Tamayouz Excellence Award announces the winners of its Mosul housing competition
The Tamayouz Excellence Award, an independent initiative established in 2012 by architect and academic Ahmed Al-Mallak to encourage and promote architecture across Iraq, has recently announced the winning proposals for its Rifat Chadirji Prize for Architecture.
Named after prolific Iraqi architect and theorist Rifat Chadirji, this year’s inaugural theme was ‘Rebuilding Iraq’s Liberated Areas: Mosul’s Housing Competition’, and invited regional and international architects to propose designs that respond to local challenges in Iraq.
The industry-strong jury included award-winning Palestinian architect Rasem Badran, past president of RIBA Angela Brady, founder and chairman of Dewan Architects + Engineers Mohamed Al-Assam, head of Cambridge’s architecture department Wendy Pullan, and Ali Naji, the CEO of Najmat Al Sharq.
After reviewing the 223 entries from 42 countries that were submitted for the Mosul Housing Competition, the Tamayouz team hope to realise the winning design by presenting it to Iraqi authorities, including Iraq’s Ministry of Housing and Reconstruction, as well as to organisations currently active in restoration efforts.
The shortlist consisted of 20 proposals, chosen for their ability to meet the award’s criteria, design imagination and consideration of the people of Mosul. The jury met in early October at Coventry University in the UK to review the projects and determine the winners.
Selected unanimously through a thorough process of evaluation, first place went to Anna Otlik’s ‘Re-settlement’, which proposed a community-oriented design that values the autonomy of future residents. In Re-settlement, returning refugees are provided the necessary support from the municipality and charities in terms of delivering networks, building materials and arranging helping centres, which would later transform into public service stations. Using recycled materials, Re-settlement allows the people of Mosul to determine how their built environments will function and serve their needs, from faith to culture.
“The housing structure extends spontaneously in a sustainable, slow way and remains under constant evolution to provide a better future for Mosul,” the jury statement read. “Re-settlement also presents the very balanced relationship between mass and voids, with voids spanning across different categories. The private voids include courtyards, while semi-private public spines lead to different dwellings and houses. The shading itself creates a sustainable approach to the fabric.”
The jury also appreciated Re-settlement’s integration of a traditional courtyard, which was reinterpreted to create a modern version of the courtyard house and was sympathetic to the wider landscape and Mosul’s ecology.
Second place for the Mosul Housing Competition went to Mariia Chorna and Oleksandr Kostevych from Wroclaw University of Science and Technology, who devised a similarly flexible layout. Asking for the state to build the skeleton of the city infrastructure, while residents themselves develop the internal spaces, the second place project features modular units that support the expected spurt of Mosul’s residential need, while also responding to its organic growth over time.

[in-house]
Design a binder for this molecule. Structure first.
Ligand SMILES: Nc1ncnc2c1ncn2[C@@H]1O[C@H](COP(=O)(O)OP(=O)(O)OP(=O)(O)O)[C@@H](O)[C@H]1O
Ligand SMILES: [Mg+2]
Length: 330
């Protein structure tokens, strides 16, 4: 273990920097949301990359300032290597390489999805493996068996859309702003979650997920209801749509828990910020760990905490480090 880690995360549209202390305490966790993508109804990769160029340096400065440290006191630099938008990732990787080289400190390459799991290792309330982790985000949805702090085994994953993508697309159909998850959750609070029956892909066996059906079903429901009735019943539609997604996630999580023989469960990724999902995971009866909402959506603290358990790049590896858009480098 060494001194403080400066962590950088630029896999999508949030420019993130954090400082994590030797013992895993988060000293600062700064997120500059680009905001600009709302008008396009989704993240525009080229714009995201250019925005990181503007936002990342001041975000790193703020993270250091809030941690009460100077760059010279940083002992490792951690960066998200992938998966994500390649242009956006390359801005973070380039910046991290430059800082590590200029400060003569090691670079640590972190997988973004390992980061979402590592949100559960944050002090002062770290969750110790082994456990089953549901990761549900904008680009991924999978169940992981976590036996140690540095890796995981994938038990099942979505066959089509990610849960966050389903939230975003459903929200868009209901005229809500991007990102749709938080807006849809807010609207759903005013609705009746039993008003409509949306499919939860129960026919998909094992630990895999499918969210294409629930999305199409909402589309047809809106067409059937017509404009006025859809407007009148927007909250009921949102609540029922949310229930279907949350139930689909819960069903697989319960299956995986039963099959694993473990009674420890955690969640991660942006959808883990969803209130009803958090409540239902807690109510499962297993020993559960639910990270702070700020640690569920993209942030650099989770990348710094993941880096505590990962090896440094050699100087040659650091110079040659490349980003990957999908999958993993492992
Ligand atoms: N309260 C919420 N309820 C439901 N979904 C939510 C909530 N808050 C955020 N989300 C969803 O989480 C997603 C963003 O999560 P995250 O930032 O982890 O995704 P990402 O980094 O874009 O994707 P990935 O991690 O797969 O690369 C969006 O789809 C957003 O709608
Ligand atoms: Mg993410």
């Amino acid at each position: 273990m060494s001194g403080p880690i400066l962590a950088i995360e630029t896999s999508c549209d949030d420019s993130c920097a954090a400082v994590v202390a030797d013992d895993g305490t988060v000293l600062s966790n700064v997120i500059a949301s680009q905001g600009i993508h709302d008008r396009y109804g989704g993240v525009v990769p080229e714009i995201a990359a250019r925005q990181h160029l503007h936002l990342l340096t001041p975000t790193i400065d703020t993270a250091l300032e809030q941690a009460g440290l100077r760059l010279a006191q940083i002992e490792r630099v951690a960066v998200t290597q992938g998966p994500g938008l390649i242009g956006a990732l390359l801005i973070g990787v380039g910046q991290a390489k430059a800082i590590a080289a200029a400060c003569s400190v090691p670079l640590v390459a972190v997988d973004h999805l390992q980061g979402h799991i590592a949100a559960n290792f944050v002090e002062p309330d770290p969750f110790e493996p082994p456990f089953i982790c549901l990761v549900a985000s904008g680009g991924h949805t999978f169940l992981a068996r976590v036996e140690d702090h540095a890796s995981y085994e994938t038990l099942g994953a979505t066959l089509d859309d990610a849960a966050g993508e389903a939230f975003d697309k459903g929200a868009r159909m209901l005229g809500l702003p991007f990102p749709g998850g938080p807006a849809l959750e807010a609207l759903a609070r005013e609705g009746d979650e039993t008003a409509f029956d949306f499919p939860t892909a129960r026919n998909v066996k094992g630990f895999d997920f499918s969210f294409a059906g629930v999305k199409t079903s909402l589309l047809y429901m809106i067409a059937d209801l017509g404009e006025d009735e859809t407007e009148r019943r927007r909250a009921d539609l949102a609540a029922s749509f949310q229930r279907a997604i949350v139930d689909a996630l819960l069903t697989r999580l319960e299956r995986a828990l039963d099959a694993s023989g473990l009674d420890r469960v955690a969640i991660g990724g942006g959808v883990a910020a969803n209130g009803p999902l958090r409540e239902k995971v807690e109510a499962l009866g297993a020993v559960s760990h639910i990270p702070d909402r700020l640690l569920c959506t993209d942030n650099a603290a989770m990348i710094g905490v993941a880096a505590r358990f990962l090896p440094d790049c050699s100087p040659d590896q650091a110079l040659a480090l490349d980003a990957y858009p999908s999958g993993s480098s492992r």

Third place went to the ‘Five Farming Bridges’, an imaginative and innovative design created by Vincent Callebaut Architecture that suggested connecting Mosul’s west and east via rebuilt bridges that further function as urban farms and agricultural fields.
“Five Farming Bridges signifies itself by approaching a neglected zone in most cities – above the river. The ‘above the river’ concept is more industrial, but this one humanises the inhuman by creating a liveable bridge, which has been seen in cities like Florence,” the jury commented.
“There is a sense of cultural background, and the designers hint at it in the views, shaded spaces, construction and materials. This proposal is directed at two of Mosul’s most immediate needs: housing and the reconsideration of its bridges… The ziggurat inspired the mountains and the muqarnas inspired the design, which provokes the imagination – it’s a fantasy of the hanging gardens,” the statement added.
Tamayouz Excellence Award also gathered the jury panels for its other two competitions, including the Tamayouz Award 2017 for Iraqi Architecture Students and the Tamayouz International Award for graduation projects worldwide.
The judges on the second two panels included architects and designers Ayad Al-Tuhafi, Fernando Olba, Sebastian Hicks, Philip Michael Wolfson and Akram Al Ogaily, as well as academics and writers including Caecilia Pieri, Hannah Vowles, Marc Glaudemans, Kanan Makiya and many others.
Tamayouz will be holding an awards ceremony this coming December in Amman, Jordan, which will be followed by the opening of the Iraqi-Jordanian Building and Reconstruction Expo at the city’s Grand Millennium Hotel. The ceremony and expo will be attended by regional representatives in both industries.
“I hope, for the competitors, that this competition gives them some sort of place to vent their frustrations and anger, especially those involved in the conflict,” said Pullan about the Mosul housing project. “I think that it will provide some possibilities that will help them look ahead – having a vision and aspiration is extremely important.”
Brady, currently running an award-winning practice Brady Mallalieu Architects, added, “When you have a competition like this, with loads of ideas coming in from people who are really connected, looking at solutions and daring to dream beyond what we’re looking for, it becomes a very exciting process with real meaning and impact.”
To see the shortlisted design proposals for the Mosul Housing Competition, use the gallery at the start of the story.